Hopes Dim For Passing Meaningful Climate Change Legislation

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For the first time this legislative session, the full Vermont Senate will debate renewable energy on Tuesday. In Montpelier, though, some lawmakers’ hopes of passing meaningful climate change legislation that might reduce greenhouse gas emissions have already collided with the state’s fiscal reality.

Last week, a thermal efficiency bill passed the Vermont House, 109-27. It was originally designed to help Vermonters weatherize their homes and businesses. It would have cost millions of dollars.

Rep. Margaret Cheney, D- Norwich, sponsored House bill 520, but the version that passed overwhelmingly was stripped down from the original plan.

Speaking on the House floor, Cheney warned her colleagues that the state’s homes and buildings are leaking heat and creating "a thirst for oil" that is "emptying our wallets and contributing to climate change."

"We are spending twice as much to heat our homes today as we did 10 years ago," Cheney said. "By taking on this challenge we can slow down climate change, save Vermonters money and create jobs in the building industry."

But with no new money to pay for weatherization, Cheney and other lawmakers, instead, recommended that the state replace its fleet of cars with electric models. It was one sign of how lawmakers have scaled back their expectations to do something to address climate change in the months since environmentalist Bill McKibben addressed the Legislature at the beginning of the session.

"The biggest pitfall that we face is doing nothing because if we do nothing then the cost is so extraordinary that we’ll never be able to afford it," McKibben said back in January, urging lawmakers to block a pipeline in northern Vermont from carrying tar sands oil. Senators are moving toward adopting a version of that advice.  There’s also a bill that would study divesting the state from fossil fuels.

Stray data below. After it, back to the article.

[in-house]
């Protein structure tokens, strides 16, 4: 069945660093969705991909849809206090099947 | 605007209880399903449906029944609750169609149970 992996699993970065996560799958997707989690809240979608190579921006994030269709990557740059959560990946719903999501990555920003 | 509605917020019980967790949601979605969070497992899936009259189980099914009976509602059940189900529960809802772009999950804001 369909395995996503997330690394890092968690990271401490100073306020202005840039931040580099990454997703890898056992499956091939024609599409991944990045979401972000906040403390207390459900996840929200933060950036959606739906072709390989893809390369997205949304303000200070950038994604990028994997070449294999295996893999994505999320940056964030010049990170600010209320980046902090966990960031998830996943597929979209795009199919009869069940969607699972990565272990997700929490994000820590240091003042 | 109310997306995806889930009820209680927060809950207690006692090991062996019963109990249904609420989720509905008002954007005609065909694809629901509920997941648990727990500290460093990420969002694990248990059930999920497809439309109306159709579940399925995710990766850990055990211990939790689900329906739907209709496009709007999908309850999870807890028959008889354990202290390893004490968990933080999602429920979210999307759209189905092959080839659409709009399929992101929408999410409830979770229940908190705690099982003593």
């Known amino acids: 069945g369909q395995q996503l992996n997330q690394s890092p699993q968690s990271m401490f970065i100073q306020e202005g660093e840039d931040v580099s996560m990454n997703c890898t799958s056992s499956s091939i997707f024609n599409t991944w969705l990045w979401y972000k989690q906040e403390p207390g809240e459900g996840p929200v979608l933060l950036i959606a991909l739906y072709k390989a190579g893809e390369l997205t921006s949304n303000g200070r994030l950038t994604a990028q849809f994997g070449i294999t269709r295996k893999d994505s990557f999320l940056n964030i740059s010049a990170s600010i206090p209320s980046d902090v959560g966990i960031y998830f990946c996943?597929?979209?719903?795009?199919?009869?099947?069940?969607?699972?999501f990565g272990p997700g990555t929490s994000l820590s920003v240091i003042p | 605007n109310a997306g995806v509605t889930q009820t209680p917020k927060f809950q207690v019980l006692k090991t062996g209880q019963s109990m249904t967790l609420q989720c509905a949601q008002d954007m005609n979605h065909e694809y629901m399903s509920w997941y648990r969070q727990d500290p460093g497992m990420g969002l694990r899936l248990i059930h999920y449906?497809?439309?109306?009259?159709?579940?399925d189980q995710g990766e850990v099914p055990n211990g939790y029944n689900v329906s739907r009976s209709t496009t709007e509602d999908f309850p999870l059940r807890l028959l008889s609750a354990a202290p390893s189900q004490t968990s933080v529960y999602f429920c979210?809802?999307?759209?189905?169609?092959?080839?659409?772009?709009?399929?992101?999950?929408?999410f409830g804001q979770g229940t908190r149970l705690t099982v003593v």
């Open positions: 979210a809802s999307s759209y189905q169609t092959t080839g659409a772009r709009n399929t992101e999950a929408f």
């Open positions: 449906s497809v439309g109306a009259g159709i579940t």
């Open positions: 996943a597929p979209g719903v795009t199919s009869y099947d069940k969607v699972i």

But expanding the state’s ability to better insulate homes and improve their heating is not on the list.

A task force found that $27 million would be needed in the first year to meet the state’s statutory goals for weatherizing 80,000 homes in Vermont by 2020. The task force said energy efficiency measures would save more than $1 billion and nearly 7 million tons of carbon emissions would be eliminated.

"Unfortunately the emergency crisis fuel oil supply has run dry," Gov. Peter Shumlin said earlier this month, explaining the dire situation facing many Vermonters. He argued that prioritizing weatherization could save state money.

 "It’s clear that going forward Congress is going to continue to cut or certainly not increase our fuel assistance for our most needy," Shumlin said.

However, the bill the House passed last week seeks no additional state spending.

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